WUSF is following the Florida Wildlife Corridor Expedition as they bike, hike and kayak from Central Florida through the Panhandle to the Alabama state line. The three conservationists recently visited the coastal hamlet of Steinhatchee, deep in the Nature Coast. We paddled with them down the Steinhatchee River, fording some falls and getting a lesson in how much preserving the lands can spark Florida's economy.
If you're spending too much time stuck in traffic in what has fast become the nation's third-largest state, and think the real Florida - the natural Florida - is long gone, well, you haven't been on the Steinhatchee River.
"The first couple of miles, there's not going to be any houses, it's a beautiful, shady canopy kind of river floodplain. It's really gorgeous," says Liz Sparks, paddling trail coordinator for the state's Office of Greenways and Trails.
The Florida Wildlife Corridor Expedition recently held a group paddle here, putting in at Steinhatchee Falls.
You've never heard of it? No wonder - this is no Niagara.
It's about two feet high.
It's what passes for a rapids in Florida. Sparks says what it lacks in height is made up for in its history.
"For millenia, people have been using the falls there as a river crossing," says Sparks. "And you can take a minute and look and still see there's ruts where the wagons went across. So there's been pioneers, Andrew Jackson and Indians before that. So it's a real historically significant area."
Edwin McCook is with the Suwannee River Water Management District, which owns nearly 30,000 acres at the headwaters of the Steinhatchee.
"It's special to me, because I grew up in this area. And it's what Florida looked like back in the turn of the century, and the wild green spaces is just beautiful," he says.
Just downstream from the falls, he points out limestone studding the shoreline. That's the underground aquifer poking its way to the surface.
"As you get closer down to the Gulf on some of the District lands, you'll see karst windows that open straight into the aquifer," says McCook. "And the limestone in most of this is probably six inches to a foot deep below the soil."
From 15 to 20 springs bubble to the surface before the river empties into the Gulf. Their constant temperature holds the promise of warm water for manatees in the winter, and cold waters to freeze your own feet in the summer. It's all a matter of perspective.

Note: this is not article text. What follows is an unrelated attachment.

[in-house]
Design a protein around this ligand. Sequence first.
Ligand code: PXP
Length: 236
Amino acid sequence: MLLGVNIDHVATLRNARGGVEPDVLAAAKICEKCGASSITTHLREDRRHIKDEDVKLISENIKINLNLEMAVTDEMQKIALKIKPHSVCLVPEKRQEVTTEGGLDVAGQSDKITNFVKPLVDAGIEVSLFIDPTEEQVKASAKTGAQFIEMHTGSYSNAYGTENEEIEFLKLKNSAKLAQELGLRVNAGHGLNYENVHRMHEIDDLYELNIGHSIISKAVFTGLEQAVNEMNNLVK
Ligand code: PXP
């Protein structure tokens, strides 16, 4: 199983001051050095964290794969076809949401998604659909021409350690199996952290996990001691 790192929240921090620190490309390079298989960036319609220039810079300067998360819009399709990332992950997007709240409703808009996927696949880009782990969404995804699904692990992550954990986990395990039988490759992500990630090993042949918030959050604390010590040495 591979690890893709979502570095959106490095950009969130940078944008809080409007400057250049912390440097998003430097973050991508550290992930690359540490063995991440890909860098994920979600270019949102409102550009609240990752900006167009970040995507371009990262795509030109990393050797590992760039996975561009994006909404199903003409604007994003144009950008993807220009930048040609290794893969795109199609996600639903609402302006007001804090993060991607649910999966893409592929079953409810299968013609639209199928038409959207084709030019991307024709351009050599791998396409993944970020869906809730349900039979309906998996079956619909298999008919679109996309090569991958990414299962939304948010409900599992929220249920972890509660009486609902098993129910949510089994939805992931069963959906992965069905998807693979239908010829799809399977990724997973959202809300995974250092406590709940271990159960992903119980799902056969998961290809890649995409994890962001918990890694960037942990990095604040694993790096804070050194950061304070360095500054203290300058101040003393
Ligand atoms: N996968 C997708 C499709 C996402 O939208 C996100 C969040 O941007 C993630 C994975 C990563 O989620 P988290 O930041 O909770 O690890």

Steinhatchee is nestled in the Nature Coast, where it begins its sweeping arc from Peninsular Florida to the Panhandle. It's one of those charming old-time fishing villages they don't make anymore - a no-stoplight town with only a few roads that wind along the river toward the coast.
Steinhatchee's biggest - and probably only - claim to fame was the Steinhatchee 7, whose arrest made national headlines back in 1973. They loaded up a shrimp boat with nine tons of marijuana. Deputies snagged 450 burlap bags of Jamaican weed - at that time, the largest pot bust in the nation's history.
That was probably the most exciting thing to ever happen around here.
Sparks says it's that kind of isolation that is also it's biggest draw.
"Outdoor recreation is a huge, huge part of the tourism engine that fuels the state's economy. And outdoor recreation brings $38.3 billion in direct consumer spending every single year," she says. "Fishing, hunting, wildlife viewing. Wildlife viewing is huge - it's like the second thing residents and visitors do when they come to Florida. First they go to the beach, then they come here to view wildlife. And that's like $3 billion dollars a year - just in wildlife viewing."
There was no shortage of that kind of viewing for members of the expedition.
"As we're going south to north, there are all these intriguing little side roads that go to the Gulf of Mexico on the west. So we're taking these side trips to go out and put our feet in the actual Gulf of Mexico. And it's so cool to transition from these coastal forests or pine uplands right down to the Gulf Coast, and sawgrass marshes," says expedition leader Mallory Lykes Dimmitt.
"So they are mostly protected, there are a lot of great protected areas, and then there are these inholdings that are these small communities, that really care about the surrounding lands, and that's great. There are some places that are in need of protection, and we'll do our best to highlight these as we go through."
Expedition member Joe Guthrie recounted a side trip to Hagen's Cove, an isolated spot along the Gulf coast.
"And there were thousands of shorebirds, all standing in water that was about two inches deep - just a plane of them, as far as you could see," he says. "I mean they were even out of sight. It was really neat."
Expedition photographer and founder Carlton Ward Jr. says extending that protection is one of the reasons why they're traveling here.
"The more time I spend here, the more I recognize and appreciate that this part of Florida is a wide open frontier for conservation," he says. "We had a chance to meet with the manager for the national wildlife refuges in this area, including the Lower Suwannee and Crystal River, and he put it in perspective that there is an opportunity for a million acres of conservation with only a small number of landowners. You have timber companies with 500,000 acres under management. And that's Everglades-scale conservation opportunities up here on the Gulf coast.
Ward says there's that's where money from the recently-passed Amendment One can help.
This Saturday, the expedition will host a group hike at Ochlockonee State Park, just south of Sopchoppy, open to the public.